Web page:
DETROIT, April 28 (Reuters) - Detroit residents waited for hours on Tuesday to get free COVID-19 tests at a new facility that for the first time offered testing to people who did not already have symptoms of the disease and a doctor's authorization for the test.
"I don't want to take a chance," said Cheryl Albright, a 58-year-old Detroit woman with hypertension and chronic obstructive pulmonary disease (COPD), conditions she knows put her at higher risk. Albright said she has family members who have tested positive for COVID-19, the respiratory illness caused by the new coronavirus.
She lined up at 10 a.m. ET (1400 GMT) for a test, and was still in the line with about 100 others more than two hours later.
"This is important to me. I think this is something everyone should do," she said.
Tuesday's tests were the start of a free program for Detroit residents, said Dr. Phillip Levy, professor of emergency medicine at Wayne State University. Even those without symptoms can get tested with a nasal swab for the virus as well as have their blood drawn to test for antibodies.
When the testing effort was launched last month, it served only first responders and healthcare workers in the region.
Demand for blood tests has risen as the push to reopen states' economies picks up steam. Knowing who is immune could help speed up that process, health officials have said.
"Detroit is one of the hardest hit areas in the country. It's got some of the highest case loads, some of the highest death rates, so it's really important that we get testing out into the community," Levy said in a telephone interview.
"If you're thinking about restarting the economy, it's important to know you are not acutely infectious and you have evidence of immunity," he added.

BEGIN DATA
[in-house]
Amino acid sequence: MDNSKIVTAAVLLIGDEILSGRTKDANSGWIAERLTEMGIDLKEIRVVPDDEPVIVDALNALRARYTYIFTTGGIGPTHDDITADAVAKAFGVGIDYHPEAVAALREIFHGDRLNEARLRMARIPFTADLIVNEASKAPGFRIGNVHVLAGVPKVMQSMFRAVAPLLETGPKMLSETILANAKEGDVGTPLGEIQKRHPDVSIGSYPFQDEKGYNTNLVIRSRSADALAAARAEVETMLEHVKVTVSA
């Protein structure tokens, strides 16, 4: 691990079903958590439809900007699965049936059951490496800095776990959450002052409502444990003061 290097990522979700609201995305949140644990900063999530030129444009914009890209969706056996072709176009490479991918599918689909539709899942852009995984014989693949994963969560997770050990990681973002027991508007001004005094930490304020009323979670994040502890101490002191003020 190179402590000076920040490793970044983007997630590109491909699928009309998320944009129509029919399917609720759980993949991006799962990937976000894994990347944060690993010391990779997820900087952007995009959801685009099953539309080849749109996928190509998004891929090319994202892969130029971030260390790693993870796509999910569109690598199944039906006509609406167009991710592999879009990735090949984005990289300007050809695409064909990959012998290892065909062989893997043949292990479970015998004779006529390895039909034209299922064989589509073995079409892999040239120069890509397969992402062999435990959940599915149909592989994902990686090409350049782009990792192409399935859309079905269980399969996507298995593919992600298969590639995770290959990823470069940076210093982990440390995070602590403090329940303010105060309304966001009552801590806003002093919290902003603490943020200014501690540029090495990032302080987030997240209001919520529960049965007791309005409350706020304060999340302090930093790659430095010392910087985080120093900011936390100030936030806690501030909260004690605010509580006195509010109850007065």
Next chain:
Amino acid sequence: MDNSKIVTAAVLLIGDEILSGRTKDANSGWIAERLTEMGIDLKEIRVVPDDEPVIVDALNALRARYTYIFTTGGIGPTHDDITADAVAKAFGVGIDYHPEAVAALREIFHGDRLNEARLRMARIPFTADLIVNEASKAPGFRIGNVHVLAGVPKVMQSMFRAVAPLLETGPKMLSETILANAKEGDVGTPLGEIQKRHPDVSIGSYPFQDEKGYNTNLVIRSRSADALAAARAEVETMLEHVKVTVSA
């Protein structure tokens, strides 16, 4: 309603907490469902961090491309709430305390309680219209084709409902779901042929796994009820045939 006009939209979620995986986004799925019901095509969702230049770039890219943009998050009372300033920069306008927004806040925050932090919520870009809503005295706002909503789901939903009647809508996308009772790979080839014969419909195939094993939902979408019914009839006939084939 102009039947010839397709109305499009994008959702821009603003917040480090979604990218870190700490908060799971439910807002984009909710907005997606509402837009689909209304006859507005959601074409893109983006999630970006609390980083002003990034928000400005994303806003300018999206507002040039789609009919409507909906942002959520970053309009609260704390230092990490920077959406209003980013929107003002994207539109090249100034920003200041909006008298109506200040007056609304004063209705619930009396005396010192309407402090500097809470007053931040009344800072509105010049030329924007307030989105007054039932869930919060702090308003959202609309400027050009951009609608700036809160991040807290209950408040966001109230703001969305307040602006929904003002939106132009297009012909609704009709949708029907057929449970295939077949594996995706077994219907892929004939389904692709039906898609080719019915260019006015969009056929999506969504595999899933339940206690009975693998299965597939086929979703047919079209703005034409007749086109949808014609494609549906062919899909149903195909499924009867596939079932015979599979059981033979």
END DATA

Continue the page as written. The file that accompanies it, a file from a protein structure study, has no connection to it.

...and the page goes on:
Michigan has been one of the worst hit states, but officials have said the infection rate is dropping. As of Monday, Michigan had reported more than 38,000 COVID-19 cases and 3,407 deaths. Detroit made up the largest portion of those with almost 8,700 cases and 950 deaths.
As Michigan and other states begin to reopen their economies, state and local officials have stressed the importance of testing.
President Donald Trump and other federal officials are facing criticism for not moving quickly enough to expand testing. Administration officials have said the federal government is sending enough swabs and related equipment to all 50 states to cover their entire testing objectives for the months of May and June.
The Wayne State program expects to test as many as 400 people on Tuesday and hopes to do the same every day for the next six to eight weeks, working closely with Michigan as it ramps up its own testing efforts, Levy said.
In the Detroit program, the tests are administered by Garcia Laboratories using Abbott Laboratories instruments, Levy said. (Reporting by Rebecca Cook and Ben Klayman; writing by Ben Klayman; editing by Jonathan Oatis)